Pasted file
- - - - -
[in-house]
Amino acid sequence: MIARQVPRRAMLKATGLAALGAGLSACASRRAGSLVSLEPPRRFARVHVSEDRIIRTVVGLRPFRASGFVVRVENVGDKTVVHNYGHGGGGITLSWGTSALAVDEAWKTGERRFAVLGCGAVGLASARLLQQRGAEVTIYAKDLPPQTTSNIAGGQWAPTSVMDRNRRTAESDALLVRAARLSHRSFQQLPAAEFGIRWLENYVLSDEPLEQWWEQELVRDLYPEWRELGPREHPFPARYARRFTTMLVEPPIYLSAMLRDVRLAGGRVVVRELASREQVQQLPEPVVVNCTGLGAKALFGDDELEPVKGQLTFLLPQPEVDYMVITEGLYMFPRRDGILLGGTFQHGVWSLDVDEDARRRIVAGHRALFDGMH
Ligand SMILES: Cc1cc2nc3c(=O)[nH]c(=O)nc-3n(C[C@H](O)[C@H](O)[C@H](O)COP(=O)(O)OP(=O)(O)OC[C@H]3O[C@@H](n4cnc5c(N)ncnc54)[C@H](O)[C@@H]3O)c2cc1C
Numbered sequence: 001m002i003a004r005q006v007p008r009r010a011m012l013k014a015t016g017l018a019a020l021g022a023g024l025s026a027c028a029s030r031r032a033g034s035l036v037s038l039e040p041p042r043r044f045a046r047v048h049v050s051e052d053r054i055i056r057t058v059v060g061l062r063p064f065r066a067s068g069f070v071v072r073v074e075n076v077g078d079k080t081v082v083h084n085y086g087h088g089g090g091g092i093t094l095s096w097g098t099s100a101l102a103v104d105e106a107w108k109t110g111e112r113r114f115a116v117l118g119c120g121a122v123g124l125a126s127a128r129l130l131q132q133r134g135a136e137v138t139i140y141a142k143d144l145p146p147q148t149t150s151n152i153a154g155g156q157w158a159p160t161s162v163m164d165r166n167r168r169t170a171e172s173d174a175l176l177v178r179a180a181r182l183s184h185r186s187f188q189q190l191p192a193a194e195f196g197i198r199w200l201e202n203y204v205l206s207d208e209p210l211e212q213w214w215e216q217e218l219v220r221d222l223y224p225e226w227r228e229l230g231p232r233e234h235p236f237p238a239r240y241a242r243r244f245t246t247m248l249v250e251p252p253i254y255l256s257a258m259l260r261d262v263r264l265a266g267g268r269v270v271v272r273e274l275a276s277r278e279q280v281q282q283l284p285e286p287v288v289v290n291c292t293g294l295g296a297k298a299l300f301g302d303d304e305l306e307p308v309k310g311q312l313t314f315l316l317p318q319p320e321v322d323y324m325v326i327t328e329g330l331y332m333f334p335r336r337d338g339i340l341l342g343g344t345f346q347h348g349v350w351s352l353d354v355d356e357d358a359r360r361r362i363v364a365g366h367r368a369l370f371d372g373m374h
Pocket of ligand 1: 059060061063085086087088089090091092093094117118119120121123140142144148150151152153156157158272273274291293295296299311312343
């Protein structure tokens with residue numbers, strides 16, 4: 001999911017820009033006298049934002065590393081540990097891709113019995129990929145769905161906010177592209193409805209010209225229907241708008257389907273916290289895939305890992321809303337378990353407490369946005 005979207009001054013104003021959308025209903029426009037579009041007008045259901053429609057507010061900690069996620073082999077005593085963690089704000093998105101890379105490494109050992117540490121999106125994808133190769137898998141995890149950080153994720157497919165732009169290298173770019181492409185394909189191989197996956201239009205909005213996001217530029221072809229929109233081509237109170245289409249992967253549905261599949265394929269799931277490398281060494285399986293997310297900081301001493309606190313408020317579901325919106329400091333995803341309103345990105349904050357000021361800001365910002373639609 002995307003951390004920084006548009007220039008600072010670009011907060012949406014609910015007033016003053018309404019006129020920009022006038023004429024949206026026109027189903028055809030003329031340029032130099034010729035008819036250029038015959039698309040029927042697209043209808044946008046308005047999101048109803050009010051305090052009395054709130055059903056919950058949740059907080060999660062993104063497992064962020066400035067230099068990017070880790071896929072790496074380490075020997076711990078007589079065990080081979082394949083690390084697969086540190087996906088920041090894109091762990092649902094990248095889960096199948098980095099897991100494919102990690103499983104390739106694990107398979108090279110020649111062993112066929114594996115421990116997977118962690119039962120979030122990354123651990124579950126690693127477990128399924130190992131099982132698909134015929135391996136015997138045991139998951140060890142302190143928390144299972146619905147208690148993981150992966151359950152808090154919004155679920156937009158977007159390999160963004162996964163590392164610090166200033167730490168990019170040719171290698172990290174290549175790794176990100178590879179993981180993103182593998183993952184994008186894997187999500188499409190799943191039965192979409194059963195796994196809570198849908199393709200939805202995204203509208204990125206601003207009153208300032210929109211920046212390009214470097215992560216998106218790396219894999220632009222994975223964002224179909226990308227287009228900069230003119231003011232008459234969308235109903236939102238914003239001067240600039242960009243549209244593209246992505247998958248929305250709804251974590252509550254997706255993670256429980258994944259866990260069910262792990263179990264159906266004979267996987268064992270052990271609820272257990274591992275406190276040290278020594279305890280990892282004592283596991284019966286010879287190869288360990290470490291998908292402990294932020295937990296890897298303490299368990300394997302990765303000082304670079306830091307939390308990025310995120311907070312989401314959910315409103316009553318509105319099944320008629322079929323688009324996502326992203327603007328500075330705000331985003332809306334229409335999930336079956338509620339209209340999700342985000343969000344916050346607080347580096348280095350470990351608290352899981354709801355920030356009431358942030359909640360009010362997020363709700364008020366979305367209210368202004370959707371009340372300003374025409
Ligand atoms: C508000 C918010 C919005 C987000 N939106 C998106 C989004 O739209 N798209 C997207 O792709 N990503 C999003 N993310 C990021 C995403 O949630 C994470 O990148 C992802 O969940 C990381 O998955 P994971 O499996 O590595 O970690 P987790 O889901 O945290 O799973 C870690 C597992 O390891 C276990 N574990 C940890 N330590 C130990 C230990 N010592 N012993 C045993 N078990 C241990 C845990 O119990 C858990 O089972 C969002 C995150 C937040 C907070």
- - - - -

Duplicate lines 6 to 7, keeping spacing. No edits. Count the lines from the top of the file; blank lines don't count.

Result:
């Protein structure tokens with residue numbers, strides 16, 4: 001999911017820009033006298049934002065590393081540990097891709113019995129990929145769905161906010177592209193409805209010209225229907241708008257389907273916290289895939305890992321809303337378990353407490369946005 005979207009001054013104003021959308025209903029426009037579009041007008045259901053429609057507010061900690069996620073082999077005593085963690089704000093998105101890379105490494109050992117540490121999106125994808133190769137898998141995890149950080153994720157497919165732009169290298173770019181492409185394909189191989197996956201239009205909005213996001217530029221072809229929109233081509237109170245289409249992967253549905261599949265394929269799931277490398281060494285399986293997310297900081301001493309606190313408020317579901325919106329400091333995803341309103345990105349904050357000021361800001365910002373639609 002995307003951390004920084006548009007220039008600072010670009011907060012949406014609910015007033016003053018309404019006129020920009022006038023004429024949206026026109027189903028055809030003329031340029032130099034010729035008819036250029038015959039698309040029927042697209043209808044946008046308005047999101048109803050009010051305090052009395054709130055059903056919950058949740059907080060999660062993104063497992064962020066400035067230099068990017070880790071896929072790496074380490075020997076711990078007589079065990080081979082394949083690390084697969086540190087996906088920041090894109091762990092649902094990248095889960096199948098980095099897991100494919102990690103499983104390739106694990107398979108090279110020649111062993112066929114594996115421990116997977118962690119039962120979030122990354123651990124579950126690693127477990128399924130190992131099982132698909134015929135391996136015997138045991139998951140060890142302190143928390144299972146619905147208690148993981150992966151359950152808090154919004155679920156937009158977007159390999160963004162996964163590392164610090166200033167730490168990019170040719171290698172990290174290549175790794176990100178590879179993981180993103182593998183993952184994008186894997187999500188499409190799943191039965192979409194059963195796994196809570198849908199393709200939805202995204203509208204990125206601003207009153208300032210929109211920046212390009214470097215992560216998106218790396219894999220632009222994975223964002224179909226990308227287009228900069230003119231003011232008459234969308235109903236939102238914003239001067240600039242960009243549209244593209246992505247998958248929305250709804251974590252509550254997706255993670256429980258994944259866990260069910262792990263179990264159906266004979267996987268064992270052990271609820272257990274591992275406190276040290278020594279305890280990892282004592283596991284019966286010879287190869288360990290470490291998908292402990294932020295937990296890897298303490299368990300394997302990765303000082304670079306830091307939390308990025310995120311907070312989401314959910315409103316009553318509105319099944320008629322079929323688009324996502326992203327603007328500075330705000331985003332809306334229409335999930336079956338509620339209209340999700342985000343969000344916050346607080347580096348280095350470990351608290352899981354709801355920030356009431358942030359909640360009010362997020363709700364008020366979305367209210368202004370959707371009340372300003374025409
Ligand atoms: C508000 C918010 C919005 C987000 N939106 C998106 C989004 O739209 N798209 C997207 O792709 N990503 C999003 N993310 C990021 C995403 O949630 C994470 O990148 C992802 O969940 C990381 O998955 P994971 O499996 O590595 O970690 P987790 O889901 O945290 O799973 C870690 C597992 O390891 C276990 N574990 C940890 N330590 C130990 C230990 N010592 N012993 C045993 N078990 C241990 C845990 O119990 C858990 O089972 C969002 C995150 C937040 C907070």